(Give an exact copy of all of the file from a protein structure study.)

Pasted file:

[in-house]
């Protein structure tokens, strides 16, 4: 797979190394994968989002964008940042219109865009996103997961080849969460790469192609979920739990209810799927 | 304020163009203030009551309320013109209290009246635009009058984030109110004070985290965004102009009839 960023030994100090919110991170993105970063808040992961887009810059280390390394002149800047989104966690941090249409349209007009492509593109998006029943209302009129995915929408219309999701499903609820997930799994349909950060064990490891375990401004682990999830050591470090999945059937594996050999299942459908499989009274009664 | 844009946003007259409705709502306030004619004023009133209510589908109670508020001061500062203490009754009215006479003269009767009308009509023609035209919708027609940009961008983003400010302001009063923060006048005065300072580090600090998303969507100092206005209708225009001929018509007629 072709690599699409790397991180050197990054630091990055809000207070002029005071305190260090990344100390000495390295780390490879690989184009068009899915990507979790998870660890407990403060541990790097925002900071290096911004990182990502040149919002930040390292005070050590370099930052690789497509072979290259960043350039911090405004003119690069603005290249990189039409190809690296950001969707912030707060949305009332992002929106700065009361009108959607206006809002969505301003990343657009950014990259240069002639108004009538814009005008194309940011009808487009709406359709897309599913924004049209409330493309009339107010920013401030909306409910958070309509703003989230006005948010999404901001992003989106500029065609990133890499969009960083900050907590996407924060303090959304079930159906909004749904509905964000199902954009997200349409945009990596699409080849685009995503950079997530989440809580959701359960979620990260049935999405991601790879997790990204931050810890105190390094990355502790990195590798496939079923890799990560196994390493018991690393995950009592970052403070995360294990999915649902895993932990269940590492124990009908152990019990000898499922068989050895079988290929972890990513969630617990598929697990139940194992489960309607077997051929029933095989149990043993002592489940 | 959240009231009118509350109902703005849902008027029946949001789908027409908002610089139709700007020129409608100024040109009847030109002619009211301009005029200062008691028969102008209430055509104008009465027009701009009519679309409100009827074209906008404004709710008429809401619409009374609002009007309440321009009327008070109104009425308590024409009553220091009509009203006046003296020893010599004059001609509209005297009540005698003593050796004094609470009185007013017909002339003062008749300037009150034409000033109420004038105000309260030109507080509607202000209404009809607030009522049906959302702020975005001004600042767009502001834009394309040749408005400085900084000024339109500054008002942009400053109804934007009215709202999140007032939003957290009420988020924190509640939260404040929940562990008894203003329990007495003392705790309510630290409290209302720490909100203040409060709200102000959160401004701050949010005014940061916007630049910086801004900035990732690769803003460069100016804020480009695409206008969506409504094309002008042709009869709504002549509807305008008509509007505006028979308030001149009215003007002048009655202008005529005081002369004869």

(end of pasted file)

[in-house]
């Protein structure tokens, strides 16, 4: 797979190394994968989002964008940042219109865009996103997961080849969460790469192609979920739990209810799927 | 304020163009203030009551309320013109209290009246635009009058984030109110004070985290965004102009009839 960023030994100090919110991170993105970063808040992961887009810059280390390394002149800047989104966690941090249409349209007009492509593109998006029943209302009129995915929408219309999701499903609820997930799994349909950060064990490891375990401004682990999830050591470090999945059937594996050999299942459908499989009274009664 | 844009946003007259409705709502306030004619004023009133209510589908109670508020001061500062203490009754009215006479003269009767009308009509023609035209919708027609940009961008983003400010302001009063923060006048005065300072580090600090998303969507100092206005209708225009001929018509007629 072709690599699409790397991180050197990054630091990055809000207070002029005071305190260090990344100390000495390295780390490879690989184009068009899915990507979790998870660890407990403060541990790097925002900071290096911004990182990502040149919002930040390292005070050590370099930052690789497509072979290259960043350039911090405004003119690069603005290249990189039409190809690296950001969707912030707060949305009332992002929106700065009361009108959607206006809002969505301003990343657009950014990259240069002639108004009538814009005008194309940011009808487009709406359709897309599913924004049209409330493309009339107010920013401030909306409910958070309509703003989230006005948010999404901001992003989106500029065609990133890499969009960083900050907590996407924060303090959304079930159906909004749904509905964000199902954009997200349409945009990596699409080849685009995503950079997530989440809580959701359960979620990260049935999405991601790879997790990204931050810890105190390094990355502790990195590798496939079923890799990560196994390493018991690393995950009592970052403070995360294990999915649902895993932990269940590492124990009908152990019990000898499922068989050895079988290929972890990513969630617990598929697990139940194992489960309607077997051929029933095989149990043993002592489940 | 959240009231009118509350109902703005849902008027029946949001789908027409908002610089139709700007020129409608100024040109009847030109002619009211301009005029200062008691028969102008209430055509104008009465027009701009009519679309409100009827074209906008404004709710008429809401619409009374609002009007309440321009009327008070109104009425308590024409009553220091009509009203006046003296020893010599004059001609509209005297009540005698003593050796004094609470009185007013017909002339003062008749300037009150034409000033109420004038105000309260030109507080509607202000209404009809607030009522049906959302702020975005001004600042767009502001834009394309040749408005400085900084000024339109500054008002942009400053109804934007009215709202999140007032939003957290009420988020924190509640939260404040929940562990008894203003329990007495003392705790309510630290409290209302720490909100203040409060709200102000959160401004701050949010005014940061916007630049910086801004900035990732690769803003460069100016804020480009695409206008969506409504094309002008042709009869709504002549509807305008008509509007505006028979308030001149009215003007002048009655202008005529005081002369004869």